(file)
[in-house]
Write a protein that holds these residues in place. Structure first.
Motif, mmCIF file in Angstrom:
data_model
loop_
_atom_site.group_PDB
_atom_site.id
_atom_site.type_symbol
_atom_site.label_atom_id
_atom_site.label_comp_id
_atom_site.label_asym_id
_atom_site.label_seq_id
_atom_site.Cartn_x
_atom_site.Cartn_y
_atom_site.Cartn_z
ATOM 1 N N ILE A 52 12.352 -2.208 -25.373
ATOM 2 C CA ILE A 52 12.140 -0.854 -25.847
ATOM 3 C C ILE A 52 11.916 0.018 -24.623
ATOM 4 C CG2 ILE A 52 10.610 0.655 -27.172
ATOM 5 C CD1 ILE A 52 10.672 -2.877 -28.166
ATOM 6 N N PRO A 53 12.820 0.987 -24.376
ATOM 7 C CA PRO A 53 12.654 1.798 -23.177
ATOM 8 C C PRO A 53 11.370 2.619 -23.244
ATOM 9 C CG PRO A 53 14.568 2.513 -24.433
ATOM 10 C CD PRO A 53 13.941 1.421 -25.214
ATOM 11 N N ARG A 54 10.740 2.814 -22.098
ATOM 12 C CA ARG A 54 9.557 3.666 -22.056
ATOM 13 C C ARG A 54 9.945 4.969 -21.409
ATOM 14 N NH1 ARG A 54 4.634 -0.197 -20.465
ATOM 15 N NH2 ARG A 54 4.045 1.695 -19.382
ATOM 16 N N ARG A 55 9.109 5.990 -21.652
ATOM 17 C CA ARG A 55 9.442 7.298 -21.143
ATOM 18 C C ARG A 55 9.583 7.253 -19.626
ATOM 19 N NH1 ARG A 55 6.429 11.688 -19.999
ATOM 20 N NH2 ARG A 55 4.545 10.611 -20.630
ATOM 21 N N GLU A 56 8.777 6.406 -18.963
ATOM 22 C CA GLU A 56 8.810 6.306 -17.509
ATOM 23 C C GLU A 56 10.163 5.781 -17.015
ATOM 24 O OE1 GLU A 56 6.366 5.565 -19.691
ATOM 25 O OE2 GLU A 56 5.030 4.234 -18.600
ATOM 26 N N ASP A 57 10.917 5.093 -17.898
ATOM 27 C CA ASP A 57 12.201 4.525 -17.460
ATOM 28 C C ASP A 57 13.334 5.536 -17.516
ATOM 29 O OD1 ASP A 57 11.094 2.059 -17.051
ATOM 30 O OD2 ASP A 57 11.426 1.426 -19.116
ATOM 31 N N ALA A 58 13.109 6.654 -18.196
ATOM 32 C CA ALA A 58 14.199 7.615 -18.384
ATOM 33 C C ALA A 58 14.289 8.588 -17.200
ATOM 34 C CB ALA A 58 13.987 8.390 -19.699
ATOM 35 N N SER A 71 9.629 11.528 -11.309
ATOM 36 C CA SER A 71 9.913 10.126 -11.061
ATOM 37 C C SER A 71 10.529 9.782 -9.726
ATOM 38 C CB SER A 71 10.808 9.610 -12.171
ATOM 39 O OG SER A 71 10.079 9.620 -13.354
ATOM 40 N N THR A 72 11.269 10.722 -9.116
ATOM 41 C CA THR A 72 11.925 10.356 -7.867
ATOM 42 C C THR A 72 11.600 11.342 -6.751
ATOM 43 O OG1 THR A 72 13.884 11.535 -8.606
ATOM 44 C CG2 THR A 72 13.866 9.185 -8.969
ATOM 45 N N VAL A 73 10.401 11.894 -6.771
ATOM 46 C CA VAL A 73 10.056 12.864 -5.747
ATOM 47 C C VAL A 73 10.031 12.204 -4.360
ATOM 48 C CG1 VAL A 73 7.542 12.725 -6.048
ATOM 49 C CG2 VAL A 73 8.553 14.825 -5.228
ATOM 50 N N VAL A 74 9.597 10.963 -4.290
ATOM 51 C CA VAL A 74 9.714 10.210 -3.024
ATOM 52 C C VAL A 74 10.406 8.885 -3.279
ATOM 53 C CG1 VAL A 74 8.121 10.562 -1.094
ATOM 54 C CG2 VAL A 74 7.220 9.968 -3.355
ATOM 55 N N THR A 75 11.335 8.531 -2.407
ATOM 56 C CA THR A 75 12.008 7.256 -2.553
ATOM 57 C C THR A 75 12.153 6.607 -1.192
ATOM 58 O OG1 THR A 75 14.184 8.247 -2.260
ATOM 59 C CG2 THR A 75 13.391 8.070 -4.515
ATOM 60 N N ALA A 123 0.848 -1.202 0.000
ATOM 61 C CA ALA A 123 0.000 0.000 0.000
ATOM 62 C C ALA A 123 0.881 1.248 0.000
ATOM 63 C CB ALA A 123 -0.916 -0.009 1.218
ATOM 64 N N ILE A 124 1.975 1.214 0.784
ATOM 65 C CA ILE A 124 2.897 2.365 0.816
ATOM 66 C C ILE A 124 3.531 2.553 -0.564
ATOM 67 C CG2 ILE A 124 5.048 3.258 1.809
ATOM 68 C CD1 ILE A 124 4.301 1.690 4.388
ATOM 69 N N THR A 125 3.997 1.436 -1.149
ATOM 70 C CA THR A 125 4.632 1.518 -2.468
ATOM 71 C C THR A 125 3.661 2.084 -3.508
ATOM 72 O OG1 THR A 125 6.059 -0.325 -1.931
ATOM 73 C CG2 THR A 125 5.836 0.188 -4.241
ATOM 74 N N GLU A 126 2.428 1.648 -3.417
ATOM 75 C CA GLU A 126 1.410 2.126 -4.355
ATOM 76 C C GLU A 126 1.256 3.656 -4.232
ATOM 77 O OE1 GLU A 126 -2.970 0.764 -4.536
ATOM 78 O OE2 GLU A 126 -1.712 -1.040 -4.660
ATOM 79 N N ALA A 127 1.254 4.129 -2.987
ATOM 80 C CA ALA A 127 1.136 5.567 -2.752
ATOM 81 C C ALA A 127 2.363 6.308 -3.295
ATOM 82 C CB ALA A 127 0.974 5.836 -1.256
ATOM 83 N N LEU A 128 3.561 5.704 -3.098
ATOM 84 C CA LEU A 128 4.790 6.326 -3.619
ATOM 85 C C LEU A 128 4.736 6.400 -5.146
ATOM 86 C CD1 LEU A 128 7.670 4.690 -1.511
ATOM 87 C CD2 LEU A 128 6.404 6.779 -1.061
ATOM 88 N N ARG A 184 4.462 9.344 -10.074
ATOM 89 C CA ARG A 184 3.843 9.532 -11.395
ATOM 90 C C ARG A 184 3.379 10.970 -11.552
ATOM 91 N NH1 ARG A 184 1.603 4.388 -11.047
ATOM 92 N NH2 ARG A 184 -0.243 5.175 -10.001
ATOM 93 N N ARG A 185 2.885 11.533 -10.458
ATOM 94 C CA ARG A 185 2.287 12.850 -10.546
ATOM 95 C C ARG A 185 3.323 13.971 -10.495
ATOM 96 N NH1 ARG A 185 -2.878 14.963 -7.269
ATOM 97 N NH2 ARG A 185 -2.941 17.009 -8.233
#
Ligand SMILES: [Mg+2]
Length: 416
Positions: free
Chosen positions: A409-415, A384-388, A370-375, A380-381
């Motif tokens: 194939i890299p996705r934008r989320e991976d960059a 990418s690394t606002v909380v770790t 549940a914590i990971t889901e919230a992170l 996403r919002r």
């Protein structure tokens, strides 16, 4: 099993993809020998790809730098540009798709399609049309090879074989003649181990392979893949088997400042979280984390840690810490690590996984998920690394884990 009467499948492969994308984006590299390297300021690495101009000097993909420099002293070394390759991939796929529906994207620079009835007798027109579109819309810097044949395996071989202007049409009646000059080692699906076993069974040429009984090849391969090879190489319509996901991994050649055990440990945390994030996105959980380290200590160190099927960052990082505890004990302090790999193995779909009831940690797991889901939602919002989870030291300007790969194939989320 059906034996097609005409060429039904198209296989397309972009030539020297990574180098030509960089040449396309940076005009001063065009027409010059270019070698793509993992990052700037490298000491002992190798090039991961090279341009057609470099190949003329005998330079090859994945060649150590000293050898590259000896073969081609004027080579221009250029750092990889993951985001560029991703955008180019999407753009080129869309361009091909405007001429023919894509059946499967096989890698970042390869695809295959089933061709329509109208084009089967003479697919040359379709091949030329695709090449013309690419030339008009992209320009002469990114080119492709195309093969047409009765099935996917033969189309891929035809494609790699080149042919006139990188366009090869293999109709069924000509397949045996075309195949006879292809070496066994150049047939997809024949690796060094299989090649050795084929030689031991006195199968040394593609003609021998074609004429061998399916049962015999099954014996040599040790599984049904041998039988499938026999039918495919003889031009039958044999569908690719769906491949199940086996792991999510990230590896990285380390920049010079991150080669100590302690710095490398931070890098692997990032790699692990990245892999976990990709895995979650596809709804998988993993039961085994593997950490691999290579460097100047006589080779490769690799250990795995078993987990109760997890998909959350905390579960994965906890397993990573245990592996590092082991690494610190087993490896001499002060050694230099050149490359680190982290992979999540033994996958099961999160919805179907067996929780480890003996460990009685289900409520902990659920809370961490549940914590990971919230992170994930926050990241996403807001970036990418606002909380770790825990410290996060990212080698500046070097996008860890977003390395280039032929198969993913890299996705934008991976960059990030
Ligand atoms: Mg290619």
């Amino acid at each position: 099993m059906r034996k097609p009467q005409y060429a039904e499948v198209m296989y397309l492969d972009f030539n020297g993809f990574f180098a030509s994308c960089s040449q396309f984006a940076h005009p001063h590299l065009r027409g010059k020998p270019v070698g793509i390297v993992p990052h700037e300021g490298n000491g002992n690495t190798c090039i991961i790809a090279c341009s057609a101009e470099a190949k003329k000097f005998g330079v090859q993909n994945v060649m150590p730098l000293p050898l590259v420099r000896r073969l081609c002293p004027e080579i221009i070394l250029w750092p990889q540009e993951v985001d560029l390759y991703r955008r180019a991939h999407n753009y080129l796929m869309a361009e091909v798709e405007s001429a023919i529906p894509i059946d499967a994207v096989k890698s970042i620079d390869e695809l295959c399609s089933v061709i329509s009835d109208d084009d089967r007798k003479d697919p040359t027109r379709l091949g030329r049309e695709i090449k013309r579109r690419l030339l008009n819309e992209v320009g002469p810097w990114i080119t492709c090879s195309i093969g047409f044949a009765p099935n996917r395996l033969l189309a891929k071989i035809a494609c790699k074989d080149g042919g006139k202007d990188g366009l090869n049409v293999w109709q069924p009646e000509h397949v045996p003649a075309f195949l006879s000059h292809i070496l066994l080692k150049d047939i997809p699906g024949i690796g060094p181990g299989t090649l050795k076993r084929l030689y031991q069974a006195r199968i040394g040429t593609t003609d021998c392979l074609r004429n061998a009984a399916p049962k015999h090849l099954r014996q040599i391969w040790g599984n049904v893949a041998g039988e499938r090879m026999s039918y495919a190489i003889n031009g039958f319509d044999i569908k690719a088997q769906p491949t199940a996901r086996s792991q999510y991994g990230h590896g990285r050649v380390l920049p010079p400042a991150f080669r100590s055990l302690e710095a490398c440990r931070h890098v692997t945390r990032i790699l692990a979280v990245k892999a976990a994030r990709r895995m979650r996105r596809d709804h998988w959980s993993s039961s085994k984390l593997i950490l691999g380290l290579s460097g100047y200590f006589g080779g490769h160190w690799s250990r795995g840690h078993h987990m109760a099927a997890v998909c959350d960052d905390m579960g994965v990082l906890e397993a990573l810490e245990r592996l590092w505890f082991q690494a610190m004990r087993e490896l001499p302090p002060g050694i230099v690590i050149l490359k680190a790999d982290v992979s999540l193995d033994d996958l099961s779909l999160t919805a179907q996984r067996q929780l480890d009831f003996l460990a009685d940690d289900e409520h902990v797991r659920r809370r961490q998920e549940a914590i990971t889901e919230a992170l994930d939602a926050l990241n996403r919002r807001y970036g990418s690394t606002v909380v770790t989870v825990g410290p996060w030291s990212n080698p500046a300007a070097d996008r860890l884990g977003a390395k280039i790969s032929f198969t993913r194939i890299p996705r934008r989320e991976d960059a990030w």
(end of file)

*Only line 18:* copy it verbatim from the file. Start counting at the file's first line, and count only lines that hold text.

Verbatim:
ATOM 3 C C ILE A 52 11.916 0.018 -24.623